What Your Kitchen Cabinets Say About You

Sylvia and I just picked kitchen cabinets for our new home yesterday, then I saw this article from Realtor Magazine Online this morning about how people pick kitchens.

Our primary criteria for picking cabinets was 1) what would be expected in a home in this price range for resale value, and 2) Is it something we like (we went with stained Alder) and that isn’t trendy or likely to go out of style, and 3) what features do we wish we had now that we want to make sure we have in our next home (pull-out trashcan/recycling cabinet, pull-out pots and pans drawers, solid smoth counter surface instead of tile).

I don’t know what category that puts us in from the list below. I think most buyers have a blend of different needs. For example, a friend of mine made sure to have a TV cabinet in his new kitchen. I could care less about having TV in the kitchen. If, however, I thought my resale value would be hurt by not having a TV in the kitchen, I’d put it in and just not use it.

Kitchen cabinetmaker Merillat surveyed new home buyers and analyzed the results using a statistical clustering program. Four distinct segments of kitchen users emerged:

Luxury Leaders
This group wants all the prestige features because social status is important to them and their kitchen is the star of their home. Appealing accoutrements include an adjoining office, morning room, and wine cellar. Luxury Leaders also like appliances that make entertaining convenient.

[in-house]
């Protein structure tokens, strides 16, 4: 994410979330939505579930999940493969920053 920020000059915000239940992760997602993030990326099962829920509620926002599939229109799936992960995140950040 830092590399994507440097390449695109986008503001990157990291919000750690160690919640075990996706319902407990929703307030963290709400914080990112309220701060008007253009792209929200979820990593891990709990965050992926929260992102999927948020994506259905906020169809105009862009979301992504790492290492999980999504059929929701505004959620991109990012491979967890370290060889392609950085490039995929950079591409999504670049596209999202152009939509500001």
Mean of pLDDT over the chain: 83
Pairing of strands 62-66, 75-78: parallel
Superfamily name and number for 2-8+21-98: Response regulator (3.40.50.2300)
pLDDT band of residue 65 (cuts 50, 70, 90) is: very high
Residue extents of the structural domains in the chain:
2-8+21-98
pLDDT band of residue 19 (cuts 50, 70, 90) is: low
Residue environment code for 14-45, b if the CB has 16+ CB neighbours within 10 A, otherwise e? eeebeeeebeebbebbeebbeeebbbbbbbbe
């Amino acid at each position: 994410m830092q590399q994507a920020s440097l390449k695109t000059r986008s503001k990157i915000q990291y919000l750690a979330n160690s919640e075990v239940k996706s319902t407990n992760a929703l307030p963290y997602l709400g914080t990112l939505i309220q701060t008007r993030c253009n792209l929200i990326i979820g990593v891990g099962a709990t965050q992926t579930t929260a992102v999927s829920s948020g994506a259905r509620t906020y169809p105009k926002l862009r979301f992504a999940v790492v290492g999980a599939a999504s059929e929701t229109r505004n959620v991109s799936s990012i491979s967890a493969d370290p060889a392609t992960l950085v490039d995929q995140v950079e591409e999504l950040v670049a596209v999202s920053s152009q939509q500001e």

Domestic Dwellers
This group sees the kitchen as a family gathering place. They prefer mainstream d├ęcor that is low maintenance and able to withstand heavy use.

Busy Bees
Home owners in this segment spend a great deal of time in their kitchens multi-tasking, doing everything from paying bills to folding laundry and helping with homework. They appreciate products that improve efficiency and cut clutter.

Career Builders
These are well-educated people who spend more time working than they do at home. They see their home as an investment and they are more concerned about resale value than they are about usability. One feature they do appreciate is a large island, which can function as a landing zone at the end of the day.

Posted by Steve
9 years ago
Steve

Steve is a Real Estate Blogger, Husband and Dad, UT Austin Grad, Runner, Real Estate Broker and owner of Crossland Team and Crossland Real Estate in Austin TX.

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Mare - 9 years ago

My husband can’t take me to Lowe’s, or we’ll be in there for 2 hours looking at the cabinets and going through the Silestone samples. I would dearly love to upgrade the kitchen (domestic dweller that I am!), but I would go overboard. We wouldn’t see a return on that investment in a 1700 sq.ft. starter house. And although I’m aware of this, I have to be reminded by Mr. Bottom Line. Of all the areas of the house, the kitchen is my favorite – emotion would override logic, and that would be an expensive proposition.

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